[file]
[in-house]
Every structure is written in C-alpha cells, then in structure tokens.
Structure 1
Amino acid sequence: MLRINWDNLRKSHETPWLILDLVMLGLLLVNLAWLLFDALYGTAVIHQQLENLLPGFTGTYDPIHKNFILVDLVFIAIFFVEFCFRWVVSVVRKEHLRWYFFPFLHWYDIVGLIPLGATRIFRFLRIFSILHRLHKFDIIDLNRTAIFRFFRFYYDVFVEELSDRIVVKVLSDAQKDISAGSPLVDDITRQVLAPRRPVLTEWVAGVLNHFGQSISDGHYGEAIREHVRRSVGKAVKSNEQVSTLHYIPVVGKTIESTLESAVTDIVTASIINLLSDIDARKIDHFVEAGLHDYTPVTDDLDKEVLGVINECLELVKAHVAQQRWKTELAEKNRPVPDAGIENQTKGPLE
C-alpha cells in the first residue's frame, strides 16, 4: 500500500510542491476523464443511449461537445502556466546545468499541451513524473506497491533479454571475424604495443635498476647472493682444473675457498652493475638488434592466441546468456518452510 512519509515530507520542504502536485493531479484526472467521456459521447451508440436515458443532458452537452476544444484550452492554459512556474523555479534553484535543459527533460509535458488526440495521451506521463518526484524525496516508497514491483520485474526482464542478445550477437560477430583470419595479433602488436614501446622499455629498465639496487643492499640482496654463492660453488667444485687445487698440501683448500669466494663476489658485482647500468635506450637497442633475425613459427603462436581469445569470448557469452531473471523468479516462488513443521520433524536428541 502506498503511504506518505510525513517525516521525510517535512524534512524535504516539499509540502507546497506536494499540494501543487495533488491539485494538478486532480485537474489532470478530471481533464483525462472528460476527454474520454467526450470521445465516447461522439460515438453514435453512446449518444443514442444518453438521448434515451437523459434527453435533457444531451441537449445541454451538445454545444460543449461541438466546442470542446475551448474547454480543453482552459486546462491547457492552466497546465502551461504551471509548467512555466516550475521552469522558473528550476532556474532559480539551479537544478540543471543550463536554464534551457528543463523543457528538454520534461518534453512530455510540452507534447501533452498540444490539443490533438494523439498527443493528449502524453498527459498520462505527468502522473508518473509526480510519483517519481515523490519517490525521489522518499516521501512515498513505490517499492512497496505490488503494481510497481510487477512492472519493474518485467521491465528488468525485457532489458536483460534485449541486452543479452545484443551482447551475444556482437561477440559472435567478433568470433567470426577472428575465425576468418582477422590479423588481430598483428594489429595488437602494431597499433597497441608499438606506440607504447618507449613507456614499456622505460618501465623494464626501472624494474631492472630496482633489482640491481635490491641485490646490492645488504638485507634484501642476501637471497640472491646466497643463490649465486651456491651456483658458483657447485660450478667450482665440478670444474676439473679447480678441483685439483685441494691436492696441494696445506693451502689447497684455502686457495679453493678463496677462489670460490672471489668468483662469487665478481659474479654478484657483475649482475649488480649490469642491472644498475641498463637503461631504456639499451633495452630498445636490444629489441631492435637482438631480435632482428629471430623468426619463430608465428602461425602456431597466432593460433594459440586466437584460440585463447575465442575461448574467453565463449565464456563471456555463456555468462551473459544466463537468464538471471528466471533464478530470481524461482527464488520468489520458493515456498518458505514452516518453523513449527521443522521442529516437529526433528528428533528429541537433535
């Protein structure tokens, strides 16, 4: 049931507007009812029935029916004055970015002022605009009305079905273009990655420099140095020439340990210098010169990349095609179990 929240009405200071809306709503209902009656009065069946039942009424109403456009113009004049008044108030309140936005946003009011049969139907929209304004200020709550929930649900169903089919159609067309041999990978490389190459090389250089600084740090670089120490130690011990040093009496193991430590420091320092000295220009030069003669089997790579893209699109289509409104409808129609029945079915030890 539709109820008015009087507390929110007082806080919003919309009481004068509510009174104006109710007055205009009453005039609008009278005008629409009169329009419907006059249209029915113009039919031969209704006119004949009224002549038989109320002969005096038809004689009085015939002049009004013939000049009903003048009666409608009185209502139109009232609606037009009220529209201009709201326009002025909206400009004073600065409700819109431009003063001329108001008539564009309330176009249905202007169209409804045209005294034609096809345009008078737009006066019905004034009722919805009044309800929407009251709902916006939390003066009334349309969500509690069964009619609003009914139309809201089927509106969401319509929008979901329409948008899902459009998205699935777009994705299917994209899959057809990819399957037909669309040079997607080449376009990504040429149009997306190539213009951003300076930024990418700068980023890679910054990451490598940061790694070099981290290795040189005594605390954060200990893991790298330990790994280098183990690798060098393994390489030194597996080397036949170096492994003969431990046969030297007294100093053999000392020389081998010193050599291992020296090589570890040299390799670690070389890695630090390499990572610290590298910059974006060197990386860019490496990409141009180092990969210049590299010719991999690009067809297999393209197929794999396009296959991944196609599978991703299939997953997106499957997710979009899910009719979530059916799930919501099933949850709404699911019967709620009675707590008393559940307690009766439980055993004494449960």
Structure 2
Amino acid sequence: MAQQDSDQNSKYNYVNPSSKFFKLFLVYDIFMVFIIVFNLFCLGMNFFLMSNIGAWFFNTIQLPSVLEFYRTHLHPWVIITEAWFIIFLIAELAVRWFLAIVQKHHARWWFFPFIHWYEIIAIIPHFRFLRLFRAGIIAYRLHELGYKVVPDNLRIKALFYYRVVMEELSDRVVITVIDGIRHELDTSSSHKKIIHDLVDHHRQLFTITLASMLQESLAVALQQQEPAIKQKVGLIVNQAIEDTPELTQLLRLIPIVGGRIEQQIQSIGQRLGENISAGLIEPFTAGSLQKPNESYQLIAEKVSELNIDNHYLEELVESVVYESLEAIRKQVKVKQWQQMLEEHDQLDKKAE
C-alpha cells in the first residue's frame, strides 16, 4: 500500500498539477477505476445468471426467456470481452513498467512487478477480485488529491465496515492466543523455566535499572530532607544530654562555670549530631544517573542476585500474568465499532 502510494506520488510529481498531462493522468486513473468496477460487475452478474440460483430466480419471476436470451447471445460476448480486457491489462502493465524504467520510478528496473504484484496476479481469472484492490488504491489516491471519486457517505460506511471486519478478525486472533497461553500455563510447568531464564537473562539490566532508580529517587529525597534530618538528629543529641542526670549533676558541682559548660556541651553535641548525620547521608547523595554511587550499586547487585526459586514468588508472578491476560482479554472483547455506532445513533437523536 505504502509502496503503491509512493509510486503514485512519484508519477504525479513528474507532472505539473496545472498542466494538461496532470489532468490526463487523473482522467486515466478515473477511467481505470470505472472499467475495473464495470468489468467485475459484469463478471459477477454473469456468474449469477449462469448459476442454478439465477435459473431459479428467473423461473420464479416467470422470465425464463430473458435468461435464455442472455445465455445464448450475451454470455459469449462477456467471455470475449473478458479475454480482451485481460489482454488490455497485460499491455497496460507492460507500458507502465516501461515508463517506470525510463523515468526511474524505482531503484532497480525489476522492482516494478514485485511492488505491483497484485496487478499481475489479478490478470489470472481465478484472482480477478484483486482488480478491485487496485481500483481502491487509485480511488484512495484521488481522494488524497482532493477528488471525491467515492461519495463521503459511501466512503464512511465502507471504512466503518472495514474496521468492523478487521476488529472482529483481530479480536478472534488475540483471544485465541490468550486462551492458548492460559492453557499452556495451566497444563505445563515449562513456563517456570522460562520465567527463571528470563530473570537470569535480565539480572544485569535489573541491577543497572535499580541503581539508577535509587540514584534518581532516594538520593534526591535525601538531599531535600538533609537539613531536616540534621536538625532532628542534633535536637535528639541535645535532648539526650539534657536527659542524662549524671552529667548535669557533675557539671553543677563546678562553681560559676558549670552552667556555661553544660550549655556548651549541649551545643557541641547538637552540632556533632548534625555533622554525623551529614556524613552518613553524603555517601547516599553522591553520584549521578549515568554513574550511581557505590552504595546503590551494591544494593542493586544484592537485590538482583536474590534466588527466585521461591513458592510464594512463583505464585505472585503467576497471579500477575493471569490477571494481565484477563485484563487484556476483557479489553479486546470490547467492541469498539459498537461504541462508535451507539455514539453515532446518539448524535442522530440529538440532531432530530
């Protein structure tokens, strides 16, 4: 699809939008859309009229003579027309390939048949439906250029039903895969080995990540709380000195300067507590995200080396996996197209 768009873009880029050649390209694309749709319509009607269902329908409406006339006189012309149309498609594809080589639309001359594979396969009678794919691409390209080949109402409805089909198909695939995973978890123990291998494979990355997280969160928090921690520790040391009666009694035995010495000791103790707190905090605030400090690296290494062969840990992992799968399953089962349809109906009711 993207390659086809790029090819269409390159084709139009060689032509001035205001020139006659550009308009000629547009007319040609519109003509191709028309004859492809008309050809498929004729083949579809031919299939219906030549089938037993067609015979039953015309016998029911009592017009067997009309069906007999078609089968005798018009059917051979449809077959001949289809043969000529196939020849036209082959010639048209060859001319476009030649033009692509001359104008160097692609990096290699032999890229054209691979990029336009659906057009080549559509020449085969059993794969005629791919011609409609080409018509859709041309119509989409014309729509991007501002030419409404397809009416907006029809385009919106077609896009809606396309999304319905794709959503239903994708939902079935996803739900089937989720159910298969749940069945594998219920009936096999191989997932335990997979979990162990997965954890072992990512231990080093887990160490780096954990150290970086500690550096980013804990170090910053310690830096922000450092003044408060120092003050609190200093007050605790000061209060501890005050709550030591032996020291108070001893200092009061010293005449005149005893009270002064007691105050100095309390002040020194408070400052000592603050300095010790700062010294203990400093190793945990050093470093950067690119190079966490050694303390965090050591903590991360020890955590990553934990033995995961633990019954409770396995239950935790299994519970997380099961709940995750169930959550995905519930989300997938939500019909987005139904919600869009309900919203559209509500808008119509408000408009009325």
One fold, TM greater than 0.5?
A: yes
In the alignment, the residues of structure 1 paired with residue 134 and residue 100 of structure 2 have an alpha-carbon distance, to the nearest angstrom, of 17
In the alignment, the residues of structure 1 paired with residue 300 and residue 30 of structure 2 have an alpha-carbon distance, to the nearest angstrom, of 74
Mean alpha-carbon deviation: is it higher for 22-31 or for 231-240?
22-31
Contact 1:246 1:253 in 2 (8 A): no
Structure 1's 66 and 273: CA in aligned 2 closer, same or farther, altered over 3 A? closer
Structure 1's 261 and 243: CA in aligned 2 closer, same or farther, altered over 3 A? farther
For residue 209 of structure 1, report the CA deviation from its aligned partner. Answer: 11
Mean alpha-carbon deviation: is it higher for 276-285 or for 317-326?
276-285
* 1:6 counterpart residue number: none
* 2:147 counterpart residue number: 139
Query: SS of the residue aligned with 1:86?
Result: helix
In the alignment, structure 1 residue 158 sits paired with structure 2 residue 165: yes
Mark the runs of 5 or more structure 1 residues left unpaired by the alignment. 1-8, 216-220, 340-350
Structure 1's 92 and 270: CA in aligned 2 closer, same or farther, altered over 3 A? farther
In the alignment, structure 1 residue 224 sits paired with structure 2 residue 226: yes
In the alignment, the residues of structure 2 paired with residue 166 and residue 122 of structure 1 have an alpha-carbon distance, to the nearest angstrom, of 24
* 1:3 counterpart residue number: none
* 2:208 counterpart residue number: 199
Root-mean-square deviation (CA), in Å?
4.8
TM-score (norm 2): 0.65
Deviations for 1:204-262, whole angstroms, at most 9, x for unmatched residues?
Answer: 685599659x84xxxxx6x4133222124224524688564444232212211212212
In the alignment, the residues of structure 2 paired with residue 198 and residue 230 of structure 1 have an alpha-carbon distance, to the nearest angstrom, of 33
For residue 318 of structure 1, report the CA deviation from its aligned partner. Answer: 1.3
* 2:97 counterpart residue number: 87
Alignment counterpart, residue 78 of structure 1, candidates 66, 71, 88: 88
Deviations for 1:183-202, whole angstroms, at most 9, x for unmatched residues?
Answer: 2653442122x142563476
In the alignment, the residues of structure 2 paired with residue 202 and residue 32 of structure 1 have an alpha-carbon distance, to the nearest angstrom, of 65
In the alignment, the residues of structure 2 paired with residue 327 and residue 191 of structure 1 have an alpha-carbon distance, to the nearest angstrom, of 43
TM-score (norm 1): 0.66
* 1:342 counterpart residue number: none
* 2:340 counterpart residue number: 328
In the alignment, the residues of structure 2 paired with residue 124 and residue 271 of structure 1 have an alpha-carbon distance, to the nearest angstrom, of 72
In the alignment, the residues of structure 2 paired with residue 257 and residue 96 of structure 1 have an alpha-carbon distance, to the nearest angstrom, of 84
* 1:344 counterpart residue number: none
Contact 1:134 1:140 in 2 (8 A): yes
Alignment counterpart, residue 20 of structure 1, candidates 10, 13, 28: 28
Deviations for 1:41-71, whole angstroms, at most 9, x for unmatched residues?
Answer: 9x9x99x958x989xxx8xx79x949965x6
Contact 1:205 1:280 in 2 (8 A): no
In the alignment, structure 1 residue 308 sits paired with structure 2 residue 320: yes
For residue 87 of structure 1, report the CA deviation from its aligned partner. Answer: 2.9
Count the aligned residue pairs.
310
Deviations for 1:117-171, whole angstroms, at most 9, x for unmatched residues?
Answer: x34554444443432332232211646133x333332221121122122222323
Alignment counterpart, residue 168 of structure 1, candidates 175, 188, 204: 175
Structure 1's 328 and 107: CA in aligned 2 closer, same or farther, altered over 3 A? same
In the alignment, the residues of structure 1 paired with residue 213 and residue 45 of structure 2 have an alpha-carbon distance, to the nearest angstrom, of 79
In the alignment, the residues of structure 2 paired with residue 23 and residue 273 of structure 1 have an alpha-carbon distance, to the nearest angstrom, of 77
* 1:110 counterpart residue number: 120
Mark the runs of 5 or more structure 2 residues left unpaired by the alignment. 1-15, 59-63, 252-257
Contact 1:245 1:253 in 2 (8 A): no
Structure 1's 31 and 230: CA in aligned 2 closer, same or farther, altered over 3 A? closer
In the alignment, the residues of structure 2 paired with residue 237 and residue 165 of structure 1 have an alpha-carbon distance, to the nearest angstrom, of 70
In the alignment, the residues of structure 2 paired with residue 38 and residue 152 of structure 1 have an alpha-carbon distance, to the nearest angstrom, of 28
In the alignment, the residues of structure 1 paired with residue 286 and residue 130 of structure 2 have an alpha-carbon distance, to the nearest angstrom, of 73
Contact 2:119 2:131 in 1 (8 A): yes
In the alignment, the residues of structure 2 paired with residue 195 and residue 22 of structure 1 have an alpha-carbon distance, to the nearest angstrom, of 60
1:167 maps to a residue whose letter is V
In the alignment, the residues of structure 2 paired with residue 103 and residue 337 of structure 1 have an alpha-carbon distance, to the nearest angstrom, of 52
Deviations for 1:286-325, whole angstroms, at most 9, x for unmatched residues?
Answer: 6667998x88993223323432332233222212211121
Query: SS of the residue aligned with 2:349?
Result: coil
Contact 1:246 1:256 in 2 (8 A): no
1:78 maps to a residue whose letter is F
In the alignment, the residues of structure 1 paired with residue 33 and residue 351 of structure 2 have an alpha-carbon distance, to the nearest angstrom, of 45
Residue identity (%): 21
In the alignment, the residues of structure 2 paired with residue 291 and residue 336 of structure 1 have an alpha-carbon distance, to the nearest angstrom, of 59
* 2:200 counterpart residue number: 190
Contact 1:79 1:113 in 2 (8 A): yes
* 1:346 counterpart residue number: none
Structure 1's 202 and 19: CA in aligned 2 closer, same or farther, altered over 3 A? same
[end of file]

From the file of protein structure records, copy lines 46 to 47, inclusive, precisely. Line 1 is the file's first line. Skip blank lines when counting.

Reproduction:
In the alignment, the residues of structure 2 paired with residue 327 and residue 191 of structure 1 have an alpha-carbon distance, to the nearest angstrom, of 43
TM-score (norm 1): 0.66